Artificial intelligence to analyze dental x-rays

When dentists analyze the x-raysthey usually do it in lighted rooms, with computers that are not specialized in Radiology and, often, with the patient sitting next to them.

Now, overjeta company founded by MIT alumniuse the artificial intelligence to analyze radiographs for the purpose of remove the subjectivity of x-ray interpretations and thus improve patient care.

“It’s about moving towards more precision medicine, where we have the right treatments at the right time. That’s where technology can help. Once we quantify the disease, we can make it very easy to recommend the right treatment.” designated the founders.

Overjet has been approved by the United States Food and Drug Administration (FDA) to detect caries and quantify bone levels to aid in the diagnosis of periodontal diseasea common but preventable gum infection that causes the jaw and other tissues that support the teeth to deteriorate.

In addition to helping dentists detect and treat disease, Overjet’s software also is designed to help dentists show patients what problems they are seeing and explain why they recommend certain treatments.

The software provides information on the type of x-ray taken, how a tooth may be impacted, the exact level of bone loss with color overlays, as well as the location and severity of cavities.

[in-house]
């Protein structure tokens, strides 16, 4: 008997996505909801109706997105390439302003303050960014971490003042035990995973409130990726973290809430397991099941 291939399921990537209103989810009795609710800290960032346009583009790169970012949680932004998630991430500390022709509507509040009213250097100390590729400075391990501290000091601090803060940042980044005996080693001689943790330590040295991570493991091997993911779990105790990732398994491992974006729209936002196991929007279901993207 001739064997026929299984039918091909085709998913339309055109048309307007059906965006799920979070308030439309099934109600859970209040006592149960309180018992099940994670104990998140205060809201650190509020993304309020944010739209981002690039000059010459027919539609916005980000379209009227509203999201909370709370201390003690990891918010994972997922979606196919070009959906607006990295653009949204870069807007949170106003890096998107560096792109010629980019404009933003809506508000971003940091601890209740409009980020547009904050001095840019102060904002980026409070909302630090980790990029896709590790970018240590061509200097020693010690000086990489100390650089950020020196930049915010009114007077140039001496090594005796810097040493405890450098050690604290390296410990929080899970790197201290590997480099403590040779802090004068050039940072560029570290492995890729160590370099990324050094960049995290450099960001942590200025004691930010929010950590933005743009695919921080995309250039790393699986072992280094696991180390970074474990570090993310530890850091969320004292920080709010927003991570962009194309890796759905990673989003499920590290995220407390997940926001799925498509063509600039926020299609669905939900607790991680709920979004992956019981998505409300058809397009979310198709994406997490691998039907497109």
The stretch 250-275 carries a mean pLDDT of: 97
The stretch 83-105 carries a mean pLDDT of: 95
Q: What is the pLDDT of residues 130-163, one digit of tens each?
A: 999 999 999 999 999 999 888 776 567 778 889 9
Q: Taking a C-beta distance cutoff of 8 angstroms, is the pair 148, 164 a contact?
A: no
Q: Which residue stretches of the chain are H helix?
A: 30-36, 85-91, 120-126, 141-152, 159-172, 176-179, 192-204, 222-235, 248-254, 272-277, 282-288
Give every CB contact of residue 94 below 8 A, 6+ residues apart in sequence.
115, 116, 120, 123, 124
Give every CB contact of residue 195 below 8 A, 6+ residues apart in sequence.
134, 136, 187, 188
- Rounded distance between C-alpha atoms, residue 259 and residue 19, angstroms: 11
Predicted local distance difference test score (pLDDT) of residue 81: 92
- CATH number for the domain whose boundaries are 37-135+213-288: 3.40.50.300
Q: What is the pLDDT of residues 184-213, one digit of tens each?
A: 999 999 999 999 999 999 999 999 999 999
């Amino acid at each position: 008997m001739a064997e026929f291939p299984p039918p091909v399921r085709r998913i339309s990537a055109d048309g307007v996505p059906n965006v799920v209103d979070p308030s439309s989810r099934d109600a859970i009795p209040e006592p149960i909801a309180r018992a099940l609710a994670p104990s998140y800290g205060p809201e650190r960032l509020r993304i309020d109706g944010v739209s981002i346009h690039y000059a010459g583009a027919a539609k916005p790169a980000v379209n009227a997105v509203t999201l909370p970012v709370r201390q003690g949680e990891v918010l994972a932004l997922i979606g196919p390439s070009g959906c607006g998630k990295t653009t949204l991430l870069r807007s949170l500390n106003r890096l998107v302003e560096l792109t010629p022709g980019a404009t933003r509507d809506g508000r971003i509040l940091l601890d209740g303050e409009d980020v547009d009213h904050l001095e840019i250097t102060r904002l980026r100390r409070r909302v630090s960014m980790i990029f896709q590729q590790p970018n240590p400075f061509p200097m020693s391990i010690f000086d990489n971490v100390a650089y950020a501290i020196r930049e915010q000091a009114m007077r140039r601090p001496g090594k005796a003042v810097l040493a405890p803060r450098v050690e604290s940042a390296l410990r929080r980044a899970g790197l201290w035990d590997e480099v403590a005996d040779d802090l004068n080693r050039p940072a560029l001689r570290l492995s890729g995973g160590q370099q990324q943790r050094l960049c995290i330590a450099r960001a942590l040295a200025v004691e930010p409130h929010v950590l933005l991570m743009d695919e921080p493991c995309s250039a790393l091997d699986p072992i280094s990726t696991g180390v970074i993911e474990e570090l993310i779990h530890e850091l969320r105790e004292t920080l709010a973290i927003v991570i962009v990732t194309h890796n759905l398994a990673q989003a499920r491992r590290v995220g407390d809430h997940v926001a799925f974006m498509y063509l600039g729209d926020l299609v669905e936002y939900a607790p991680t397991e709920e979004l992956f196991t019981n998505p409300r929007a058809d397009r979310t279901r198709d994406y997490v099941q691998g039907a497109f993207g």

The company has already analyzed tens of millions of X-rays and is currently used by dental clinics across the United States. “Our mission at Overjet is to improve oral health by creating a future that is clinically accurate, efficient and patient-focused”, they have assured.

And it is that when it comes to periodontal disease, dentists must perform millimetric evaluations to determine the severity and progression of the disease, since its extension and progression determines the best treatment.

In this sense, they explained: “Technology could play a important role not only to improve diagnosis, but also to communicate with patients more effectivelyOverjet began as a tool to help insurance companies streamline dental claims before the company began integrating its tool directly into clinics.


When a dental x-ray is imported to a computer, Overjet’s software automatically analyzes the images. When the image appears on the computer screen it has information about the type of x-ray taken, how a tooth can be impacted, the exact level of bone loss with color overlaysas well as the location and severity of the cavities.

Overjet also incorporates historical information about each patient, tracking bone loss in each tooth and helping dentists detect cases in which the disease progresses more rapidly.

“This is about using data to change the way we practice care, think about plans and offer services to different types of patients,” they concluded.

Because health we all need…

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